Mr. Francis HASSARD, Justice of Peace, examined Corroborated the last witnesses's testimony, and stated, in addition, another circumstance which induced the magistrates to take bail.
Nothing in the defendant's favour was elicited on the cross-examination.
Captain BENNISON corroborated his brother magistrates' evidence, and added, that Mr.SHERIDAN had waited on him about the 3rd or 4th of August, and wanted him to take his informations privately, which he declined, but directed him to attend before the magistrates at the sessions on the Monday following, which he did, and swore the informations; witness met REILLY in the interim, and told him that there was a heavy charge to be brought against him, but he did not mention to him the nature of it; when he was informed of it at petty sessions, he burst into tears, and said the priest must be the very Devil himself, and no man. He protested his innocence. Witness did not credit the charge, because REILLY was a person of excellent character, has a large family, and he thought it impossible that a man would be guilty of such a crime at his time of life. He (witness) wrote to Mr. DRUMMOND to know if the magistrates could take bail, and he replied it was their duty to do so, if they had reasonable grounds for discrediting the charge.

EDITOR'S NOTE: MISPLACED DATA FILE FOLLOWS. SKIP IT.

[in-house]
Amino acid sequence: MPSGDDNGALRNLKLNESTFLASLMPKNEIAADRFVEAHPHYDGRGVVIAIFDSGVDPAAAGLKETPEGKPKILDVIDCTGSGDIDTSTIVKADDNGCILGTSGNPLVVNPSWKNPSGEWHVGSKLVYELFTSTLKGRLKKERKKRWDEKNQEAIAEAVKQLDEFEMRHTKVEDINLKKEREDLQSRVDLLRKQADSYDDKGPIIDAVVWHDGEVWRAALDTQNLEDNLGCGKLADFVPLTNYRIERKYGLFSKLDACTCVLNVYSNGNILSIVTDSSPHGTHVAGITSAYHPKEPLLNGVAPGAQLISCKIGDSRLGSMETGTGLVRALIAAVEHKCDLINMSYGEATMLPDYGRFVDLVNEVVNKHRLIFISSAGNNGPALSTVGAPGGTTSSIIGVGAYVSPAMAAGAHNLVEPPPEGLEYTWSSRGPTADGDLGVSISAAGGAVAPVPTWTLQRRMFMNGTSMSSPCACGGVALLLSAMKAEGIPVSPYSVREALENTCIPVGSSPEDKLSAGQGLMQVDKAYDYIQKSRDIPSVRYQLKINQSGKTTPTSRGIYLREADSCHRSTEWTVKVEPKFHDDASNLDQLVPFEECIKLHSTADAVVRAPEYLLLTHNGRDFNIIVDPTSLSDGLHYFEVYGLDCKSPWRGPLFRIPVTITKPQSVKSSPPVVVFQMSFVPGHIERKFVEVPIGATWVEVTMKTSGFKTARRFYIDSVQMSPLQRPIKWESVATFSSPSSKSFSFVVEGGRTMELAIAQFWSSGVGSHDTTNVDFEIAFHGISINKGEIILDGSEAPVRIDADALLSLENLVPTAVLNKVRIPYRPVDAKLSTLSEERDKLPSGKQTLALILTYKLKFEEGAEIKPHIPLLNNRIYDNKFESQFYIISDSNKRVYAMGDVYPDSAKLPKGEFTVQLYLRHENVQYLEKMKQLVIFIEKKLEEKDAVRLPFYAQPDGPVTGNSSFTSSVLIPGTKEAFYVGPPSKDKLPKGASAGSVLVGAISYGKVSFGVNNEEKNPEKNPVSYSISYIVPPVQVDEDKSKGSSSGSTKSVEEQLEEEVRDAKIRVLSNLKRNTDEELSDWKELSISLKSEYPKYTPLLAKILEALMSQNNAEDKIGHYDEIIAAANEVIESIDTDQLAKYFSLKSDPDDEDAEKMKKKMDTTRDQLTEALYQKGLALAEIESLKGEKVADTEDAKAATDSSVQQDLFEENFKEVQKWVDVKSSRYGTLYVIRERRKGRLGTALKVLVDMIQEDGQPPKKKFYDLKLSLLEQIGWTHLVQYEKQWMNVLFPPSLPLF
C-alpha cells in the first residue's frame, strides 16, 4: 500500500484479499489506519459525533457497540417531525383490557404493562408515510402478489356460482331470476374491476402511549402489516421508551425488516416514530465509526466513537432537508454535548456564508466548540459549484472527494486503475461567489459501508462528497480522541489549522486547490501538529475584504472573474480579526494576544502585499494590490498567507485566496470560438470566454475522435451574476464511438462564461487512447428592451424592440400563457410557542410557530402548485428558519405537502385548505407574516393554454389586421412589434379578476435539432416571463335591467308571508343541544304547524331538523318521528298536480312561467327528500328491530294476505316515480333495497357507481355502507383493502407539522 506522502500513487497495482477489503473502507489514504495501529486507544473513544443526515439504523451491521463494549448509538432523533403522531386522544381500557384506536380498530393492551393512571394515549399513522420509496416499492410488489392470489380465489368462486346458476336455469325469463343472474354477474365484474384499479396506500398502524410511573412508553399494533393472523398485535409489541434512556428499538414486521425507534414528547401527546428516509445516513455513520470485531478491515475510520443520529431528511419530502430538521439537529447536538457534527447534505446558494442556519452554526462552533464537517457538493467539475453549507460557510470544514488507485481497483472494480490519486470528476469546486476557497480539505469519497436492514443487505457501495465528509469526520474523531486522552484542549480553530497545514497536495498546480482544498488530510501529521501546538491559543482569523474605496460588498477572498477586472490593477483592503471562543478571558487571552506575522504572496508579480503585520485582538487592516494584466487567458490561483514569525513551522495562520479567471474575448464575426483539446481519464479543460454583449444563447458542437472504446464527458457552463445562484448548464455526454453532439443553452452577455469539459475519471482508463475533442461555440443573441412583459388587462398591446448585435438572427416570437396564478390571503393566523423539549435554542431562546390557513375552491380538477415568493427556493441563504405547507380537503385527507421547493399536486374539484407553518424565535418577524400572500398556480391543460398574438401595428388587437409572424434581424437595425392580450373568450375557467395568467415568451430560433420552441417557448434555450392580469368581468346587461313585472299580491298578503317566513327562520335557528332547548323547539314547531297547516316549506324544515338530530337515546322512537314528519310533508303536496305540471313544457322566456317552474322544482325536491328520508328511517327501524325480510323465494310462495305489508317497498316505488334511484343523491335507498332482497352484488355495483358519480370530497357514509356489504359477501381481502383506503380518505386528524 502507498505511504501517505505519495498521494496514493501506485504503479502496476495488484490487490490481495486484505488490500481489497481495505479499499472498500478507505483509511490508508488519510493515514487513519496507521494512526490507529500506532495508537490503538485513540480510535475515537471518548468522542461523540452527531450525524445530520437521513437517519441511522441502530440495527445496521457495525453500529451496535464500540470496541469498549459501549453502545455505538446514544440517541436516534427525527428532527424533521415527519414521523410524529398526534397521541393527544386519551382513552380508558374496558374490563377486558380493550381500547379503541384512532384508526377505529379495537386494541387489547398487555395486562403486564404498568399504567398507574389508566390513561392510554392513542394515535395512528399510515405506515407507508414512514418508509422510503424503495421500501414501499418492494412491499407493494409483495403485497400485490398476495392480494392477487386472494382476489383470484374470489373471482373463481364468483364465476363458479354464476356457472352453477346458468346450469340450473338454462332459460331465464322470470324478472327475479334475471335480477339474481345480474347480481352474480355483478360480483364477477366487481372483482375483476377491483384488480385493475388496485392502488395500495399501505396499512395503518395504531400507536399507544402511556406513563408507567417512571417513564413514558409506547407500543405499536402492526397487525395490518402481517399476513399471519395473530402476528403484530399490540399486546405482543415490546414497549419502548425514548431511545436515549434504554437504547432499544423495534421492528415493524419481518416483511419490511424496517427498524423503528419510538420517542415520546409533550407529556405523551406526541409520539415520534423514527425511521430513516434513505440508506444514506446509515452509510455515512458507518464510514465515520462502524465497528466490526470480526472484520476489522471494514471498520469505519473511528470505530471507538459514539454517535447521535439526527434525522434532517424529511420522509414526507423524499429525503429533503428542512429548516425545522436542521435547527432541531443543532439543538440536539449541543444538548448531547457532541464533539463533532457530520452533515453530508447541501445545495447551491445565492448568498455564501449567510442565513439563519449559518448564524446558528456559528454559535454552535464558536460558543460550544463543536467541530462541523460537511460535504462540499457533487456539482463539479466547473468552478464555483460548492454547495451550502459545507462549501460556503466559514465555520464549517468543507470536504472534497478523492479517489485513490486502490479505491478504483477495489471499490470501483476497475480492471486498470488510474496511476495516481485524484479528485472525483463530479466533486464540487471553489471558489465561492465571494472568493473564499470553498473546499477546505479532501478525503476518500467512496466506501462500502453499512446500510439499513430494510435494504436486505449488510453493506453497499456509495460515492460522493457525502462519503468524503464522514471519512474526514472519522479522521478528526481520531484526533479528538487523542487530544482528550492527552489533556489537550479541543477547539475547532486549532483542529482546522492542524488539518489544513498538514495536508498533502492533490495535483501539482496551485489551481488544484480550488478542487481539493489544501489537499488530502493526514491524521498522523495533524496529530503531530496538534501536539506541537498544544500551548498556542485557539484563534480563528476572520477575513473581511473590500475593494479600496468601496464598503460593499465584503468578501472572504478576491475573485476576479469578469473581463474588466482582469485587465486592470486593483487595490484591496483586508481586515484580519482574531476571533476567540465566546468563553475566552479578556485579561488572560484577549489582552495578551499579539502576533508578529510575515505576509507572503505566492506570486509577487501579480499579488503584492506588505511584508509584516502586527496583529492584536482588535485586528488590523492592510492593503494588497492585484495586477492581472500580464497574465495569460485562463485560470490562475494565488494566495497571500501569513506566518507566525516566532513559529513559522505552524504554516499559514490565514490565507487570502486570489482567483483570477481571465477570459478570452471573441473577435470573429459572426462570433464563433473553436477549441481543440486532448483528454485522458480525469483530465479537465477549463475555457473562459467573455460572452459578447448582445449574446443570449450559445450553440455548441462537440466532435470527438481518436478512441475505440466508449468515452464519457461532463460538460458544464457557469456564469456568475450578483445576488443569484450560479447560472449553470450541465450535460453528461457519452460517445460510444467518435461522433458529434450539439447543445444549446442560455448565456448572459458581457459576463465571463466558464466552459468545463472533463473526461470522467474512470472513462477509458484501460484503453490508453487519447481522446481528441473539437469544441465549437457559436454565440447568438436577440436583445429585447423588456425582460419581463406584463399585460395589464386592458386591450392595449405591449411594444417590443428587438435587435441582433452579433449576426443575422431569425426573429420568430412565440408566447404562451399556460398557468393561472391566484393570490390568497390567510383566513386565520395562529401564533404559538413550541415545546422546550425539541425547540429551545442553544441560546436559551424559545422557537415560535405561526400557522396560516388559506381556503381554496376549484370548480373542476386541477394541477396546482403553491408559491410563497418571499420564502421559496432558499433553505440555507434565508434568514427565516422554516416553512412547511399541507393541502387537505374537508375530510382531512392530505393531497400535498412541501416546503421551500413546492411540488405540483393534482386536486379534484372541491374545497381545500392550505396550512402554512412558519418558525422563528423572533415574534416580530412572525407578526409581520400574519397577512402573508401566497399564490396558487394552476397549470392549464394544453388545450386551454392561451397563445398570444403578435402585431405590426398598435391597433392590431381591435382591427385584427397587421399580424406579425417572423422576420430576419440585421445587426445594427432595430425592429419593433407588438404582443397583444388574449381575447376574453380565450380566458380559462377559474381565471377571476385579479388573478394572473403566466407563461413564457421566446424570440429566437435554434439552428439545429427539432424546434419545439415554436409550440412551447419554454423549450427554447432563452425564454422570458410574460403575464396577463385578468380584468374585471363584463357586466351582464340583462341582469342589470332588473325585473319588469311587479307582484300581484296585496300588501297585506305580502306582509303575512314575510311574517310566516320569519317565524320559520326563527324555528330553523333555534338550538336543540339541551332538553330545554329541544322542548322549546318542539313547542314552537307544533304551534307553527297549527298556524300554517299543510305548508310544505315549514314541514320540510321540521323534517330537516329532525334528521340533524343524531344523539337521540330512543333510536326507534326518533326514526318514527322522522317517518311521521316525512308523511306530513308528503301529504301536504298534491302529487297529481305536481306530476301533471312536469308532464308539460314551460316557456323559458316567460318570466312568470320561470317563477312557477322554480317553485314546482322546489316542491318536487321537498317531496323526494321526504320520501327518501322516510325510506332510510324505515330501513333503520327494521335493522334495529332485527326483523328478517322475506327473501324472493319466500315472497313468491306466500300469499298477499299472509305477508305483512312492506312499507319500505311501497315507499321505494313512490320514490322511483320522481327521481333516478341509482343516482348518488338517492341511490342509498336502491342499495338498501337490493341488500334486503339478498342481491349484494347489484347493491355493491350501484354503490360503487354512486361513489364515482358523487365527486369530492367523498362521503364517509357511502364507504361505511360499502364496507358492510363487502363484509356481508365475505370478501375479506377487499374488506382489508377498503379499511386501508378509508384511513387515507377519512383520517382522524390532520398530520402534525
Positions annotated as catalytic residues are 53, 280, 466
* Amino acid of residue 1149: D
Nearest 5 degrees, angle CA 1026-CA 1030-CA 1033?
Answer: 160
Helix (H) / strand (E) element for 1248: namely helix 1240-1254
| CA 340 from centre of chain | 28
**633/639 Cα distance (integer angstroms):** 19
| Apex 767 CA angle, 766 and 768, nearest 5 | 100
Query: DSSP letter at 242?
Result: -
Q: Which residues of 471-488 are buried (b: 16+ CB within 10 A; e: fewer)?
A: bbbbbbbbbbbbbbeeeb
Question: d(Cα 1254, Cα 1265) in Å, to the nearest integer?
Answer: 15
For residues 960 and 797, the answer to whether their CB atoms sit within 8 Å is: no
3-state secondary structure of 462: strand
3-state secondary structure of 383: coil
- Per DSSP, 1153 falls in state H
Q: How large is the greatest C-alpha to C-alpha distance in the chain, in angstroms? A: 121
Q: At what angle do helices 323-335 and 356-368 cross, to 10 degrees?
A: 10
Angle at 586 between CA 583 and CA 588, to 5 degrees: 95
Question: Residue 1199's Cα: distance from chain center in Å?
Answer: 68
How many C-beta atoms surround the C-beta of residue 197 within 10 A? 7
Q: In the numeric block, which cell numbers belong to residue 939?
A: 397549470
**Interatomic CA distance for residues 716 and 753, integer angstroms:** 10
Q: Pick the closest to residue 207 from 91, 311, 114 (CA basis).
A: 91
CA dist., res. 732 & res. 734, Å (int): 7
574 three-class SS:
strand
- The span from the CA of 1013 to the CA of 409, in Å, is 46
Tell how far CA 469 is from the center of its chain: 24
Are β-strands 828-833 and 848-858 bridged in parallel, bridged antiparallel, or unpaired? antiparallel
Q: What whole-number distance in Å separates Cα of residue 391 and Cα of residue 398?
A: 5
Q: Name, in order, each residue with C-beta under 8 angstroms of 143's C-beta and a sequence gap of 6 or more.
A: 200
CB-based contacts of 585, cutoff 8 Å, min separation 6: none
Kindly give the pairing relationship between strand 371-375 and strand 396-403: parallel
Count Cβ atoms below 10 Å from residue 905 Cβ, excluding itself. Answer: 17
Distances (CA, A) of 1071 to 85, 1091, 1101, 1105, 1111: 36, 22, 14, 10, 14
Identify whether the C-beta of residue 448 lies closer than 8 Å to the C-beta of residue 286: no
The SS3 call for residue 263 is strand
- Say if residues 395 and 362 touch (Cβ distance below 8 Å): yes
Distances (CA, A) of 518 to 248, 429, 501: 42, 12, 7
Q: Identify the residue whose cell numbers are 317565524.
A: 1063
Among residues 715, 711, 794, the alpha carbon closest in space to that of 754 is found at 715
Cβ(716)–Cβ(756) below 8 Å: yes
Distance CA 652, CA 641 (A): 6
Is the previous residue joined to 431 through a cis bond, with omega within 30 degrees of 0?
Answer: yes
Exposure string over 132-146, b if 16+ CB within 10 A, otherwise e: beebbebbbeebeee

Two witnesses of the name DOLAN were examined to prove that Mr. SHERIDAN, had denounced REILLY from the altar, on Sunday, before the congregation. They were evidently in dread of giving such testimony, but, upon the learned barrister desiring them not to fear any man now, but to tell the truth, they stated sufficient to show that he had done so.